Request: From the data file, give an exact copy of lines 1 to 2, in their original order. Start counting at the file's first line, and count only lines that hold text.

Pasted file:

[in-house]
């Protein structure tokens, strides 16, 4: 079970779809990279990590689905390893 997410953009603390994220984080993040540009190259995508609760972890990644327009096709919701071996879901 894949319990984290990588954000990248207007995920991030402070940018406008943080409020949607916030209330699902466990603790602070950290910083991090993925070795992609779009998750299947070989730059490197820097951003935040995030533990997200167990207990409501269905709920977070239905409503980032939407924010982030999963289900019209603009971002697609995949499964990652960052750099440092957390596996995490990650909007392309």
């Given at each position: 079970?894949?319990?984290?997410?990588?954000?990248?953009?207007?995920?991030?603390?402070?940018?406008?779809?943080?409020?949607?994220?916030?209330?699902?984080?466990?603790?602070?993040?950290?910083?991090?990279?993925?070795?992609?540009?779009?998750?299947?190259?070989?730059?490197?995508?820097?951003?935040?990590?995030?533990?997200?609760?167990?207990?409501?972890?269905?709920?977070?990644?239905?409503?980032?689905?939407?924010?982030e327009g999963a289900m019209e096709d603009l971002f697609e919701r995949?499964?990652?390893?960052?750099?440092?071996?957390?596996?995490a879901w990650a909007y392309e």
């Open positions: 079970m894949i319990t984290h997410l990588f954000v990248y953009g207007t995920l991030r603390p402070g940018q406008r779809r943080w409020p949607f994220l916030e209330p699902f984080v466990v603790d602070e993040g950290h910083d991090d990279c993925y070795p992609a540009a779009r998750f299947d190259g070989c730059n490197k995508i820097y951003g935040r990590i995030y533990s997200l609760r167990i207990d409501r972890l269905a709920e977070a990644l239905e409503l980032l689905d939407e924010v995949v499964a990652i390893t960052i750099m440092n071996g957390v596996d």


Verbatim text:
[in-house]
């Protein structure tokens, strides 16, 4: 079970779809990279990590689905390893 997410953009603390994220984080993040540009190259995508609760972890990644327009096709919701071996879901 894949319990984290990588954000990248207007995920991030402070940018406008943080409020949607916030209330699902466990603790602070950290910083991090993925070795992609779009998750299947070989730059490197820097951003935040995030533990997200167990207990409501269905709920977070239905409503980032939407924010982030999963289900019209603009971002697609995949499964990652960052750099440092957390596996995490990650909007392309």